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brian: you are 81. do you have a plan in the event that something happens to you with the last book, and what you do with it? like in the case with the paul reed follow on the winston churchill book? robert: my plan is that i don't want anybody to write a book with my name on it but me. i don't happen to think that was a very good idea, what happened with manchester's book. i've written an awful lot on power. as i say, i am not rushing this last book. i'm trying to do it the same way as my other books. i don't want people to think that something is written by me when it is not. brian: i know bob gottlieb has edited everything you've ever done. do you pass on, as you are writing the fifth book on lyndon johnson, to bob gottlieb to edit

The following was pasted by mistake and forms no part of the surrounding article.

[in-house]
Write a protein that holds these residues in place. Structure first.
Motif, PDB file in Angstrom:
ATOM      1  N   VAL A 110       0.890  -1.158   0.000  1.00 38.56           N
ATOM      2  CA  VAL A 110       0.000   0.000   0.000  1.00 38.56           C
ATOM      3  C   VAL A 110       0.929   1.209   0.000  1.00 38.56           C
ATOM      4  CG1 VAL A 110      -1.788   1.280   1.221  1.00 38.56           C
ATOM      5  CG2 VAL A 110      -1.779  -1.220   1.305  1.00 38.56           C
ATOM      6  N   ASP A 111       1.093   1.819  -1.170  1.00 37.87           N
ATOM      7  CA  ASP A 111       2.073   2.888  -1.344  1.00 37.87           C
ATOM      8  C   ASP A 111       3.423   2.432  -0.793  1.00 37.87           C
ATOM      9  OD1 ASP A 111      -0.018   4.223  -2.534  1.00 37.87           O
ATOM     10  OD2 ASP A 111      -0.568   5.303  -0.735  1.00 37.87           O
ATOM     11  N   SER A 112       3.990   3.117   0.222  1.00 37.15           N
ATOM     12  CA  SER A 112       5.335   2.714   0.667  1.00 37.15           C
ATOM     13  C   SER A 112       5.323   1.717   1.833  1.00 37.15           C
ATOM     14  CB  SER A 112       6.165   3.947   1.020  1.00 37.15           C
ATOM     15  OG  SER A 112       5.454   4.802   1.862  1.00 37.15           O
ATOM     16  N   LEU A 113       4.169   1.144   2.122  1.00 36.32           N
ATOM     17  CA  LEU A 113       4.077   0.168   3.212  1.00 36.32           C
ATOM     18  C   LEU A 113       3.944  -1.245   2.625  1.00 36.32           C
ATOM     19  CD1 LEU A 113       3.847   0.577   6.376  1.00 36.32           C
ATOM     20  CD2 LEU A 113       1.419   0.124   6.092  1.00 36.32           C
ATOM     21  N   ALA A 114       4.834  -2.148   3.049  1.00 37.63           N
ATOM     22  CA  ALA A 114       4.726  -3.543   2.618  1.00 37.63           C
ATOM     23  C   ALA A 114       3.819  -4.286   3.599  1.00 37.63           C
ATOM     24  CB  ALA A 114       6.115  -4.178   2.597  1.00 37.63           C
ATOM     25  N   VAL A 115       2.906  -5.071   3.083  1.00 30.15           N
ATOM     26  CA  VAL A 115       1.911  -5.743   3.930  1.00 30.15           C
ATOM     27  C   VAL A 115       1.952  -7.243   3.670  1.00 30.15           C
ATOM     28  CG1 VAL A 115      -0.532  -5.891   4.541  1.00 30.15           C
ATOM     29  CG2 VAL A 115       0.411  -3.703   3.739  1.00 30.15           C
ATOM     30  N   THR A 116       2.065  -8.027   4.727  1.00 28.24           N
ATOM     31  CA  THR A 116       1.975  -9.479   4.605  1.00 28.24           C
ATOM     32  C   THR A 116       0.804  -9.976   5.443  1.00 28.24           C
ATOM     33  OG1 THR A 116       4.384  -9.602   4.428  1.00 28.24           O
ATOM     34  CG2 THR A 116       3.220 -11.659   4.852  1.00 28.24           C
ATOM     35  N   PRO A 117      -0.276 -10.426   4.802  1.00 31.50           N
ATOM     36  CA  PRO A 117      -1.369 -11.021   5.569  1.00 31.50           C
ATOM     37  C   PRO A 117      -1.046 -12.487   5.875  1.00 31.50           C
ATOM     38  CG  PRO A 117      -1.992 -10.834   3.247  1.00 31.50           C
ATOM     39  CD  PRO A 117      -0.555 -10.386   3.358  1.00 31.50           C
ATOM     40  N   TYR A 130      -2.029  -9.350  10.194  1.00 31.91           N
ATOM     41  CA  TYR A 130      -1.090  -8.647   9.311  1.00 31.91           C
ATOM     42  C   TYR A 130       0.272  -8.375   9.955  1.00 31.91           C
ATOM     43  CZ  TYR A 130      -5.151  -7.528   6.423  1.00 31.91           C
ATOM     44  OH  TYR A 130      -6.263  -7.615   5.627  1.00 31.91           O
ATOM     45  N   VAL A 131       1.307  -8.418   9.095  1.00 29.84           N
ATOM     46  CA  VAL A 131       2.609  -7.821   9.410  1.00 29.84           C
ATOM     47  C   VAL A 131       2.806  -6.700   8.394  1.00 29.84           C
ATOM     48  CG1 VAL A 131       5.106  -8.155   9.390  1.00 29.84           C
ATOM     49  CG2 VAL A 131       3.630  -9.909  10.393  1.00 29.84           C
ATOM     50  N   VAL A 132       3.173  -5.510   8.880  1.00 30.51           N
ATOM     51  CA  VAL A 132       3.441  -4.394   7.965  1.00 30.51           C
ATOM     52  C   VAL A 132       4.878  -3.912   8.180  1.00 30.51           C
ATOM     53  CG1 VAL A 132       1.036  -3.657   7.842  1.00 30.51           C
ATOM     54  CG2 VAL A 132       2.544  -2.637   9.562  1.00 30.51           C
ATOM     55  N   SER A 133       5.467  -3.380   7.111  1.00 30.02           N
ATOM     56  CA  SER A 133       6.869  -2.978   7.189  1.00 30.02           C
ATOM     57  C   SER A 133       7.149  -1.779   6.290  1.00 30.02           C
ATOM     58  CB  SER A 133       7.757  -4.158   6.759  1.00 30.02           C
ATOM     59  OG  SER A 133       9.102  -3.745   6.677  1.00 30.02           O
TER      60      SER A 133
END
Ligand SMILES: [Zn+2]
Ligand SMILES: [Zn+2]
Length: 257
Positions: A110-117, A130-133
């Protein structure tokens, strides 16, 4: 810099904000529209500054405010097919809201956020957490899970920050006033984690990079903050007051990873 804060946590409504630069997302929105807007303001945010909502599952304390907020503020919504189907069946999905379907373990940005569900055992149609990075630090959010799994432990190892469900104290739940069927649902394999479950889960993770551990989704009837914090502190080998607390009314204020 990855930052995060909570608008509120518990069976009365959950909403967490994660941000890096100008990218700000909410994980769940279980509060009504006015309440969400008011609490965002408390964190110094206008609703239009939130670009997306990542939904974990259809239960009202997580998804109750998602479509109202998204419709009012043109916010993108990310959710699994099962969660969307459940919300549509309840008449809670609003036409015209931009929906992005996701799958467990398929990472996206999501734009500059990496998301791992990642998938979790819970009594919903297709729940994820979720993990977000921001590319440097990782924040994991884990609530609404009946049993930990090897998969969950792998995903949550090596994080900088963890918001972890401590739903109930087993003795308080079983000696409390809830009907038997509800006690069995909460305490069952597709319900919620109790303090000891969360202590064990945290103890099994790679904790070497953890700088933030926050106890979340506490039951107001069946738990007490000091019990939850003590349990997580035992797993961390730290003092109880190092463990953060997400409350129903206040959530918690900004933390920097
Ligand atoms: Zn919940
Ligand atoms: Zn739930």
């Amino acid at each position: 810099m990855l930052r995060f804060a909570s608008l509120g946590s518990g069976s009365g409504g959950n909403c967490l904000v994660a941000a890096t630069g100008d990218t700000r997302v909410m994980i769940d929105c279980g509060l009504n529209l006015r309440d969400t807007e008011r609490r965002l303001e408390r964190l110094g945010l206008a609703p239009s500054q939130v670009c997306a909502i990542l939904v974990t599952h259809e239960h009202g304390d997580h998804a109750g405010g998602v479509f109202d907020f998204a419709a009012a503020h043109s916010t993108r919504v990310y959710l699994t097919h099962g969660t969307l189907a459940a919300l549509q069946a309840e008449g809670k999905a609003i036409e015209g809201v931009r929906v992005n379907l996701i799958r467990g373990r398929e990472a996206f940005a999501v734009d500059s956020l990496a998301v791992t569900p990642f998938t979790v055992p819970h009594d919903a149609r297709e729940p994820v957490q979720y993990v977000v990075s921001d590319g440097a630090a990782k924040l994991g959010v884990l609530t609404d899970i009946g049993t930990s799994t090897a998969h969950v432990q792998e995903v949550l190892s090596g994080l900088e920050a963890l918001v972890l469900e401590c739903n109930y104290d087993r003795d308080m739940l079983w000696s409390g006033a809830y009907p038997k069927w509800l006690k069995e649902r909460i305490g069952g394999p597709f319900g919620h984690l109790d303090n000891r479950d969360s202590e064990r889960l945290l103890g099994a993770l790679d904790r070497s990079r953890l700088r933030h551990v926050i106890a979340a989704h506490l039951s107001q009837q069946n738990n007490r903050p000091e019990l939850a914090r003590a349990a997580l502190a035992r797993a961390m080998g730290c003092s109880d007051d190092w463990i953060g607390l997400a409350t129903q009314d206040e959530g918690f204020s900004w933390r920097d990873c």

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what you have done already? robert: no, with one exception. i never show my books to him or anyone until they are completely done. there was one exception when i just needed more money back when i was doing the first volume. he wanted to see what i had done, which is reasonable. so that he saw it halfway through. but the second, third, and fourth volumes he didn't see until they were done. i haven't showed him any of this one. brian: there's a point in your audio-only session -- people can get it on -- where you reveal, in my opinion, what your personal philosophy is about power and what it is good for. i'm going to run the audio from